GPS or Global
Positioning System is the new "must-have" for drivers navigating
roads they don't know. With this system, instead of calling for
directions or using a map or even getting directions from Mapquest, the user can get
their travel directions spoken to them by a
computerized voice that comes from a small box that is attached to
the dashboard of the car. GPS gives the driver exact directions.
It's as if there is another person sitting in the car reading from a
map for the driver. The only catch is that the GPS is a machine and
not a person.
Hence, a recent news article that is no doubt
meant to be a serious piece of news but has a humorous touch.
According to the story, it seems that motorists turn their brains
off when they turn their GPS systems on. Some drivers obey the
computerized voice, totally disregarding their own mind and brain.
These motorists do totally irrational things on the basis of the
computerized voice and have crashed into rivers, construction sites
and roadside rest areas in Germany and Britain.
"It's hard to understand how these things can
happen," said a spokesman for a German motorist club. "It's not as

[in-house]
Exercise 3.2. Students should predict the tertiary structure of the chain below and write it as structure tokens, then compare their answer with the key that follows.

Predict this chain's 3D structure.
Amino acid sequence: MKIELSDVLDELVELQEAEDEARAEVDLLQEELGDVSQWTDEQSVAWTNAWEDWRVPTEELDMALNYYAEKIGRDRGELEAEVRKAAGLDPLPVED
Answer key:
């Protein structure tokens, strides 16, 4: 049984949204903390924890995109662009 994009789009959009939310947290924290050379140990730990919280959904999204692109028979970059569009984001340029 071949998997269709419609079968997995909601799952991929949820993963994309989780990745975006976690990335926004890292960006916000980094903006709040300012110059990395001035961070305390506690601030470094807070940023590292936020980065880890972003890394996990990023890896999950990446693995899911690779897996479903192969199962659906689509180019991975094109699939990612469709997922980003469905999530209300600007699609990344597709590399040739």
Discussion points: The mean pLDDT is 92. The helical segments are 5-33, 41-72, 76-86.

if people are driving in a tank with only a small slit to see out.
You'd think that they have their own eyes and brains engaged to make
decisions and not rely on the SatNav (European model of the GPS). I
used to think that the SatNav was idiot proof, but perhaps
According to the records kept by a motorist
club, one motorist ignored common sense and, following his GPS
command, drove straight into a "closed for construction" sign.
Luckily, though he hit a pile of sand at high speed, he was not
Another motorist, listened to the GPS command
tell her to turn left in one mile and after putting on the mile
counter, she turned left exactly after one mile--and crashed head on into a
temporary concrete traffic barrier.
A few weeks later, a motorist following the
GPS command which said "Turn right now!" jerked the wheel over and
crashed into a thankfully empty roadside restroom hut which was
situated 90 feet before the crossing he was meant to take. By
blindly following the computerized GPS, the man caused $2,600 in
Though this news item has a humorous
touch we can learn a serious lesson from it. There are times that we
do things without making use of our G‑d given brain and act as if we
are listening to a computerized voice with our eyes closed.
For some people it's following the fashion
industry which generates a need to buy more and more, for others
it's keeping up with the Joneses, or blindly follow friends that lead them to
all the wrong places. These people are following some
sort of external GPS system instead of using their
The next time we take action we should ask ourselves, "Does this decision make sense? Or am I carelessly
plowing into a roadside sign by following a system that has commandeered my brain and G‑d given powers of choice?"